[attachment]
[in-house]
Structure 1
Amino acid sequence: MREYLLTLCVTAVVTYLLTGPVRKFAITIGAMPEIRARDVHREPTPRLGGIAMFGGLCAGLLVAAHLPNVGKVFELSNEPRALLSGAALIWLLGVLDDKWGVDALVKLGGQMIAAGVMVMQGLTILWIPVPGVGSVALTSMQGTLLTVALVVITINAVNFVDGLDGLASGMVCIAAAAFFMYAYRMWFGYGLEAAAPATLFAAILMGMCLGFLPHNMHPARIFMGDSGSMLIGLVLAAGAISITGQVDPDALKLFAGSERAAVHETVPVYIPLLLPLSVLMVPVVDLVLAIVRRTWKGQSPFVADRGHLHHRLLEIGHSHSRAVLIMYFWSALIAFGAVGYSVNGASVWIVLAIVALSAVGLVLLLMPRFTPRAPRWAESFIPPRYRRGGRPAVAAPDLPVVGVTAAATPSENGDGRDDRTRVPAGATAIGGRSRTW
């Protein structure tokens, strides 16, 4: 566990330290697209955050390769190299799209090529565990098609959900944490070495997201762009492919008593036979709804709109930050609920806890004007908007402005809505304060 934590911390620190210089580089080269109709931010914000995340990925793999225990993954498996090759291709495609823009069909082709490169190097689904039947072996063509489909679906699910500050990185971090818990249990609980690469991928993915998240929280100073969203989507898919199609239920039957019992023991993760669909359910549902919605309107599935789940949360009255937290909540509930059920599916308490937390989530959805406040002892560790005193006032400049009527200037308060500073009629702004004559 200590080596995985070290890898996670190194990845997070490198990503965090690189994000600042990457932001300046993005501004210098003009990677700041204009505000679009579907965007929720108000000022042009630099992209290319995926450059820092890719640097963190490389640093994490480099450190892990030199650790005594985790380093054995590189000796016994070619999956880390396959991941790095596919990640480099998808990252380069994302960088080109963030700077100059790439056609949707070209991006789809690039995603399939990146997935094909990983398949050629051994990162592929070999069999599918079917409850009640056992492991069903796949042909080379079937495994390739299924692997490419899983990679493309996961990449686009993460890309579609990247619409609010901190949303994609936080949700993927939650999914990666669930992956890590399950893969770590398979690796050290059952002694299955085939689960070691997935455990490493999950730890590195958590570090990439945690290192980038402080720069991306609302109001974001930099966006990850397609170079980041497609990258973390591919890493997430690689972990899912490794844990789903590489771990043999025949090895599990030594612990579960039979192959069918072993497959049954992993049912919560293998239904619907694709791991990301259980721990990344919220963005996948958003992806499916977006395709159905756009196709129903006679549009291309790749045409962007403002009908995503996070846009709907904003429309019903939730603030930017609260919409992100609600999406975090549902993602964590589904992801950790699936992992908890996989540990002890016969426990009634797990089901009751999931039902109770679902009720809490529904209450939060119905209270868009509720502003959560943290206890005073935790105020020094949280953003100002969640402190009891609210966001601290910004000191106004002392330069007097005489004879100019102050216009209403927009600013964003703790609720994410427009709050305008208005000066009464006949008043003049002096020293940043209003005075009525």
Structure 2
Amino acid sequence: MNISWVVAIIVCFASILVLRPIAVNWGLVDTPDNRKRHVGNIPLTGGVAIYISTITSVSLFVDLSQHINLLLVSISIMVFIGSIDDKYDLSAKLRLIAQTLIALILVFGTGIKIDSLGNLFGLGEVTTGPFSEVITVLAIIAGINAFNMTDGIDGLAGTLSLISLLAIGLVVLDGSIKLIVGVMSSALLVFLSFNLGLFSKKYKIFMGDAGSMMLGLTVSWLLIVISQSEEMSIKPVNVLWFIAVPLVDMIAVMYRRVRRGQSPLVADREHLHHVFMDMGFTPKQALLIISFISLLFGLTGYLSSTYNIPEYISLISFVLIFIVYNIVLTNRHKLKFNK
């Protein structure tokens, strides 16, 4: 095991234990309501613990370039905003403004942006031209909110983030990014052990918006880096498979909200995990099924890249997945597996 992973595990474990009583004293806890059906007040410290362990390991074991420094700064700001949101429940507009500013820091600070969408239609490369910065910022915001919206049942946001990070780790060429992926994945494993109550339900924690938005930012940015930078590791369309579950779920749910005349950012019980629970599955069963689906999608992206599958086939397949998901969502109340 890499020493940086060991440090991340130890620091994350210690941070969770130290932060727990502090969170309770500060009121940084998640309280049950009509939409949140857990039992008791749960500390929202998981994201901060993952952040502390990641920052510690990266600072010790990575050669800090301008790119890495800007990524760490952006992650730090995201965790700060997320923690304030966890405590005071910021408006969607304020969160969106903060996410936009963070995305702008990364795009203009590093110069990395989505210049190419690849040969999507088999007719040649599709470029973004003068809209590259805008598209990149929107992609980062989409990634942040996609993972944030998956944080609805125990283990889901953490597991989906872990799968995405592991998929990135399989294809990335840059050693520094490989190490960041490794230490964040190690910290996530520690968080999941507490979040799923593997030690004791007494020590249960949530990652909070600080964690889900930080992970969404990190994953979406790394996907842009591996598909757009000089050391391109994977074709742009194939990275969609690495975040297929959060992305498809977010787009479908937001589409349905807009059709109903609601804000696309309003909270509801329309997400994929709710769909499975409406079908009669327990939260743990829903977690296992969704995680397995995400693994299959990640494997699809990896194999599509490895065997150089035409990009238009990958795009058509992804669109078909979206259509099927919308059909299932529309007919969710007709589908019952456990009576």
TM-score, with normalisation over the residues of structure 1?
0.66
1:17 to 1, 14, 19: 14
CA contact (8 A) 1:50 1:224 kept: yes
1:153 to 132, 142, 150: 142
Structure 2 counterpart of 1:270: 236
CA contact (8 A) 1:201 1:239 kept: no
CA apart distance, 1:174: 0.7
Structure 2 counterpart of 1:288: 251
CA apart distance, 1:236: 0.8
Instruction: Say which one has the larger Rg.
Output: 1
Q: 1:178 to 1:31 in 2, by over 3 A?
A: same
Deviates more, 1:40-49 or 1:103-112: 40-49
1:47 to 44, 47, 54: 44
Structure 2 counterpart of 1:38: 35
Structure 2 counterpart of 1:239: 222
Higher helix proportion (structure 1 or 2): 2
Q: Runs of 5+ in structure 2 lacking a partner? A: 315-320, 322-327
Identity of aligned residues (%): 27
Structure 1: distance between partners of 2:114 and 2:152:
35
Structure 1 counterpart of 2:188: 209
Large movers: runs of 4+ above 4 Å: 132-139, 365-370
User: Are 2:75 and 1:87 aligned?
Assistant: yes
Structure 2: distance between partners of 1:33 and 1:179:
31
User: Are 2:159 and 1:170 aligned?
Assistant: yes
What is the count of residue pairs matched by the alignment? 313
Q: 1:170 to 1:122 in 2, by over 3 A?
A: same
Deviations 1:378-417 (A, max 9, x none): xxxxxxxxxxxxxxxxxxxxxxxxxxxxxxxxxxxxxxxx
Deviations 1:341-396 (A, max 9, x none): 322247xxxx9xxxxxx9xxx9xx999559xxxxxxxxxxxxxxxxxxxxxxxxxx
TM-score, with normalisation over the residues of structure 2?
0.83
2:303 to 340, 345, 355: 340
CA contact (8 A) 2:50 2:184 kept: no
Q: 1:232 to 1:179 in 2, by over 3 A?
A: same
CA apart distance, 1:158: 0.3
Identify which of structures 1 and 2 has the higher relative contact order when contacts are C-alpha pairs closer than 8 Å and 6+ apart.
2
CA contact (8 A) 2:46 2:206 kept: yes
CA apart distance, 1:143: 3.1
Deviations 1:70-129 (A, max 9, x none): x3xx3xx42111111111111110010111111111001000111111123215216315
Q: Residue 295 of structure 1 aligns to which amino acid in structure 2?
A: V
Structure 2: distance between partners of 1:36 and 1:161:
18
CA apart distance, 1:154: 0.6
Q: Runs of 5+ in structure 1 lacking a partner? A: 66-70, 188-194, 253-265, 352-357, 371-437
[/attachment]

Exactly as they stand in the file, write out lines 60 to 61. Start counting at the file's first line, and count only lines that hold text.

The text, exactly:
CA apart distance, 1:154: 0.6
Q: Runs of 5+ in structure 1 lacking a partner? A: 66-70, 188-194, 253-265, 352-357, 371-437